March 30, 2010

Lincoln's Fifth Wheel

I picked up a beautiful first edition of Lincoln's Fifth Wheel: The Political History of the U.S. Sanitary Commission this past weekend in Chicago while participating in a booksigning at the venerable Abraham Lincoln Bookshop. Not only a first, but the signed "Camp and Field Edition" that was autographed by the author (William Quentin Maxwell) for members of the Civil War Book Club. Even though serious collectors know that the phrase "book club edition" is to be generally avoided like the plague, these books were publishers trade editions in every sense, but then had the special signature leaf bound in.

The title takes its name from Lincoln's remark as to how he feared the U. S. Sanitary Commission would become the "fifth wheel to a coach" after he reluctantly signed the the order that made the commission an official government agency. Initially, the Sanitary Commission was to merely monitor the health and sanitary conditions of Union camps, but it soon found itself well out into the field. It served troops in camp, on hospital transports, and even up to the battle line. Allan Nevins (1890-1971), who wrote the Preface, writes that "in a nation that had no medical association, no nursing schools, no apparatus for meeting a sudden strain on hospital facilities, it mobilized the best talent available for the war emergency." In his Civil War bibliography, Nevins summarizes the work as a "a scholarly and comprehensive narrative, covering all aspects of the treatment of the sick."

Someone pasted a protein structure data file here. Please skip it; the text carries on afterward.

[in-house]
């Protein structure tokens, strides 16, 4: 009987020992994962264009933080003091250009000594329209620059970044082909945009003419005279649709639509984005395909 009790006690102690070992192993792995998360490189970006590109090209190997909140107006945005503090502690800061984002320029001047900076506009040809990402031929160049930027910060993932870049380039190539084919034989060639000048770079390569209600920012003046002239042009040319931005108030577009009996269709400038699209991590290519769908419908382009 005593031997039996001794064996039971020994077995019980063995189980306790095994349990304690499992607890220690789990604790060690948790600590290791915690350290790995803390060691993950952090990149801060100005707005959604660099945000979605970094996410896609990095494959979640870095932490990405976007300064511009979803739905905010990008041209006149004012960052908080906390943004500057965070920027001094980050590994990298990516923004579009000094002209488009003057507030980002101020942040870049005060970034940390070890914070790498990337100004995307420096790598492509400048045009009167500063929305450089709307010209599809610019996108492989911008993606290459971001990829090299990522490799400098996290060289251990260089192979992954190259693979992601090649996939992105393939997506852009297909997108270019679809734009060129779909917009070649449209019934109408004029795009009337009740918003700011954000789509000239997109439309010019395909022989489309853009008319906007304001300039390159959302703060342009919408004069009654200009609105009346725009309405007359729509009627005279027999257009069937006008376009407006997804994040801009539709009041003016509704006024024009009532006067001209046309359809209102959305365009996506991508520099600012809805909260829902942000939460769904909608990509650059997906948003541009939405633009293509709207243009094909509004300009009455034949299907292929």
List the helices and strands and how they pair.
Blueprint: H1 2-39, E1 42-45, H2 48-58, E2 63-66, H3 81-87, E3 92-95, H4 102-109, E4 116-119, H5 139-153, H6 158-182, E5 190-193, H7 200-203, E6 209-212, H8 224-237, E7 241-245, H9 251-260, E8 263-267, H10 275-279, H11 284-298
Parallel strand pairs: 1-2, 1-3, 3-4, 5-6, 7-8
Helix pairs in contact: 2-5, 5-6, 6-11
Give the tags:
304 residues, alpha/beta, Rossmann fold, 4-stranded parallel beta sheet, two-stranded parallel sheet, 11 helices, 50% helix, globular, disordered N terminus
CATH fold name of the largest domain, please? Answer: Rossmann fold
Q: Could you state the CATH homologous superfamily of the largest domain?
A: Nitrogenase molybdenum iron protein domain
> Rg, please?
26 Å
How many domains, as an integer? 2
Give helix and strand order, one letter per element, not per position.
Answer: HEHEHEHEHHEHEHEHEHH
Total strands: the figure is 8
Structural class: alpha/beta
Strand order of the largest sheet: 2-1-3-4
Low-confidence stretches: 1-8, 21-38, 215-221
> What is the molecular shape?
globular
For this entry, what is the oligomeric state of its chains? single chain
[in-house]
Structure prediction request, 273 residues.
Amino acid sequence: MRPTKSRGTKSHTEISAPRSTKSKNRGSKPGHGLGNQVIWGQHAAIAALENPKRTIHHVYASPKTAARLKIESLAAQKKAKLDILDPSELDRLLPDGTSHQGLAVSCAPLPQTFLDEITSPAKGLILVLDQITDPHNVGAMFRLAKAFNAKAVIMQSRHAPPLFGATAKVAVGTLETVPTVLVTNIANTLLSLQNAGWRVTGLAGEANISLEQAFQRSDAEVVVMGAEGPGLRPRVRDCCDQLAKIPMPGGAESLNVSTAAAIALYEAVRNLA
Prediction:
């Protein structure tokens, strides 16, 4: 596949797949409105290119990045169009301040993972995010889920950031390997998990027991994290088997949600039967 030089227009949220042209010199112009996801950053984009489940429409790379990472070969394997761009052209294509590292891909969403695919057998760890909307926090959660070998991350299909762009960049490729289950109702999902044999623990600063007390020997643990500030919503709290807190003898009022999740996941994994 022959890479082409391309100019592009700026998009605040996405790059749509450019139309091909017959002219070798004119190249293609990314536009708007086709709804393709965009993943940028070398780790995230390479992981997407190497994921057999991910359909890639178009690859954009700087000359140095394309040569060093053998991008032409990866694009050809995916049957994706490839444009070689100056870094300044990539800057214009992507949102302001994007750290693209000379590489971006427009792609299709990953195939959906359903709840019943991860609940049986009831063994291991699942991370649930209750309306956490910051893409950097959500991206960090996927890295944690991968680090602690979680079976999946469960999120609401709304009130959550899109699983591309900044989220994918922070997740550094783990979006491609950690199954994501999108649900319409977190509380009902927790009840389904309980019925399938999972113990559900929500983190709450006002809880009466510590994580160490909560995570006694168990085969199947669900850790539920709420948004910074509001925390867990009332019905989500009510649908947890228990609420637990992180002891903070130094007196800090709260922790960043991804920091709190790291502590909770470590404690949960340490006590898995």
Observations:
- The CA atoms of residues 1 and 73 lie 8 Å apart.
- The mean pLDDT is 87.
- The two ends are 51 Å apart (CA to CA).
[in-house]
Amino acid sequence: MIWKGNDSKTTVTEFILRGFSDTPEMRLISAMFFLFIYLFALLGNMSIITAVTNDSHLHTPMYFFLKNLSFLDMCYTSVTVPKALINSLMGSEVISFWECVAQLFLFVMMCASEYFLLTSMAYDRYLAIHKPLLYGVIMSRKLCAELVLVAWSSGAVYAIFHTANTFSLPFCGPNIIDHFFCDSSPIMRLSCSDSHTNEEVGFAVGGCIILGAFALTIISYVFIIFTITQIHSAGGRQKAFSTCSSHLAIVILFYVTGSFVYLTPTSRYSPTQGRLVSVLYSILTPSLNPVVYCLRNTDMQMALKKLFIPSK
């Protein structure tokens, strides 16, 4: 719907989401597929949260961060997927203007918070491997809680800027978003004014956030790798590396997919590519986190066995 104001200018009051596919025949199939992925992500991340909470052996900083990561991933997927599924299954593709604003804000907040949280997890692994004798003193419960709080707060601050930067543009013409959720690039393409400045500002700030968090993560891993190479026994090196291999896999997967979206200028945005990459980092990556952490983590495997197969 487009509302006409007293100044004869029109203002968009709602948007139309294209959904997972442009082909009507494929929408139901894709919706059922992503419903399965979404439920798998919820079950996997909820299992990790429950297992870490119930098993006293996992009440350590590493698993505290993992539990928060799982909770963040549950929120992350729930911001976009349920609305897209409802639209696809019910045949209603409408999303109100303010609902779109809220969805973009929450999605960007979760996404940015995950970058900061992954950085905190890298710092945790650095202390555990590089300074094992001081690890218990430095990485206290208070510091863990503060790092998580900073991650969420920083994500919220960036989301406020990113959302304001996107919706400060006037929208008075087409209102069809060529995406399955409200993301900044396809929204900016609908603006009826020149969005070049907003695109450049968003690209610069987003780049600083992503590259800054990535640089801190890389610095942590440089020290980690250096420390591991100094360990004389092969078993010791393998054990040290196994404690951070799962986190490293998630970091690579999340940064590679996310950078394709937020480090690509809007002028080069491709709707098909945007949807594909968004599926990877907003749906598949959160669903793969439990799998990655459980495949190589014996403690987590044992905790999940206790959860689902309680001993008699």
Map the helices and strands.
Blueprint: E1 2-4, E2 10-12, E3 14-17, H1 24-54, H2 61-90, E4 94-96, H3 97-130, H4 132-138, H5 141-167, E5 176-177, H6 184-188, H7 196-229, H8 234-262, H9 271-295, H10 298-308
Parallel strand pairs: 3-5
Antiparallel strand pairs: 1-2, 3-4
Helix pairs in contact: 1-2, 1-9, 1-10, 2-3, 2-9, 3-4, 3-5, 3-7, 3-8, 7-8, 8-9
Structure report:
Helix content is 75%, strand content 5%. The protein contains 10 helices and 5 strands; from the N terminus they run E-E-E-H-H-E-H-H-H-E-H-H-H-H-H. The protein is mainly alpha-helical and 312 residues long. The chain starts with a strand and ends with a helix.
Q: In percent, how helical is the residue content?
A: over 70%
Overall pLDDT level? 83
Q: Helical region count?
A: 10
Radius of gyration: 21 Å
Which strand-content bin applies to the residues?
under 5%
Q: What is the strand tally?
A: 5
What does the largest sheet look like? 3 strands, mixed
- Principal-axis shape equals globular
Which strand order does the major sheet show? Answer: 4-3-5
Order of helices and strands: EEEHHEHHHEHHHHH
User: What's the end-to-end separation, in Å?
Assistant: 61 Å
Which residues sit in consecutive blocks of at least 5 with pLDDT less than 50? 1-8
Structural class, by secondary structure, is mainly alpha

The book was published in 1956 by Longmans, Green and Co., has a price of $5.00 on the front jacket flap, and states "First Edition" on the copyright page. With ample footnotes, bibliography and index, this book offers an important look into an organization that formed an integral and often overlooked part of the Union war effort.

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